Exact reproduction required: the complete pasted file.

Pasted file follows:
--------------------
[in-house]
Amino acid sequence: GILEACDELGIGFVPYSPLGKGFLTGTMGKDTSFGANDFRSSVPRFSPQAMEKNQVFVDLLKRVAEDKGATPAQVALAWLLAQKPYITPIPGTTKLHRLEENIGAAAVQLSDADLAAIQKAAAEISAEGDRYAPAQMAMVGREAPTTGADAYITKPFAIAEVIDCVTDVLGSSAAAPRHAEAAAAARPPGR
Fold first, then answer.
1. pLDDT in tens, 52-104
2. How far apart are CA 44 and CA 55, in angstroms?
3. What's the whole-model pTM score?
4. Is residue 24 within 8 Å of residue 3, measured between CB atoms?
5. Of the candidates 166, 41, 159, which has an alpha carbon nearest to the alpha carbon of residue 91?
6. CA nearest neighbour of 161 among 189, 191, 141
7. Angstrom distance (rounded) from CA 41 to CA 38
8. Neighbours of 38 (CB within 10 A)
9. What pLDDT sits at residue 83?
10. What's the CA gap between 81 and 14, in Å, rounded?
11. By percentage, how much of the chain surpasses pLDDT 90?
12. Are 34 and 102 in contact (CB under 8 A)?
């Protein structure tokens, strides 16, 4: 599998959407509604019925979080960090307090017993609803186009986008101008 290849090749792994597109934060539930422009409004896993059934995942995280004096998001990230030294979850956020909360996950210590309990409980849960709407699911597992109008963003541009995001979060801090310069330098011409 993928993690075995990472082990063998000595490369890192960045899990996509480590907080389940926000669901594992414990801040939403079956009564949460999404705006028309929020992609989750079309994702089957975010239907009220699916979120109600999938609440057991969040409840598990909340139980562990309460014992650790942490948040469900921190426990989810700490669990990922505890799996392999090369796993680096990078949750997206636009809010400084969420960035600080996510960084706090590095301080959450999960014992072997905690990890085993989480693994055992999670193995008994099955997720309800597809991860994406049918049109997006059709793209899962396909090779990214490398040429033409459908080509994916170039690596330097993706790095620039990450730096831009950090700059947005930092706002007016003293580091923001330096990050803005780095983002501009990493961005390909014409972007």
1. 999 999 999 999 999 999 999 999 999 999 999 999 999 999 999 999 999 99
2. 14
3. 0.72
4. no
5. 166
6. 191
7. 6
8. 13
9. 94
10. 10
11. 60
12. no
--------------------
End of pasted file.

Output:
[in-house]
Amino acid sequence: GILEACDELGIGFVPYSPLGKGFLTGTMGKDTSFGANDFRSSVPRFSPQAMEKNQVFVDLLKRVAEDKGATPAQVALAWLLAQKPYITPIPGTTKLHRLEENIGAAAVQLSDADLAAIQKAAAEISAEGDRYAPAQMAMVGREAPTTGADAYITKPFAIAEVIDCVTDVLGSSAAAPRHAEAAAAARPPGR
Fold first, then answer.
1. pLDDT in tens, 52-104
2. How far apart are CA 44 and CA 55, in angstroms?
3. What's the whole-model pTM score?
4. Is residue 24 within 8 Å of residue 3, measured between CB atoms?
5. Of the candidates 166, 41, 159, which has an alpha carbon nearest to the alpha carbon of residue 91?
6. CA nearest neighbour of 161 among 189, 191, 141
7. Angstrom distance (rounded) from CA 41 to CA 38
8. Neighbours of 38 (CB within 10 A)
9. What pLDDT sits at residue 83?
10. What's the CA gap between 81 and 14, in Å, rounded?
11. By percentage, how much of the chain surpasses pLDDT 90?
12. Are 34 and 102 in contact (CB under 8 A)?
């Protein structure tokens, strides 16, 4: 599998959407509604019925979080960090307090017993609803186009986008101008 290849090749792994597109934060539930422009409004896993059934995942995280004096998001990230030294979850956020909360996950210590309990409980849960709407699911597992109008963003541009995001979060801090310069330098011409 993928993690075995990472082990063998000595490369890192960045899990996509480590907080389940926000669901594992414990801040939403079956009564949460999404705006028309929020992609989750079309994702089957975010239907009220699916979120109600999938609440057991969040409840598990909340139980562990309460014992650790942490948040469900921190426990989810700490669990990922505890799996392999090369796993680096990078949750997206636009809010400084969420960035600080996510960084706090590095301080959450999960014992072997905690990890085993989480693994055992999670193995008994099955997720309800597809991860994406049918049109997006059709793209899962396909090779990214490398040429033409459908080509994916170039690596330097993706790095620039990450730096831009950090700059947005930092706002007016003293580091923001330096990050803005780095983002501009990493961005390909014409972007």
1. 999 999 999 999 999 999 999 999 999 999 999 999 999 999 999 999 999 99
2. 14
3. 0.72
4. no
5. 166
6. 191
7. 6
8. 13
9. 94
10. 10
11. 60
12. no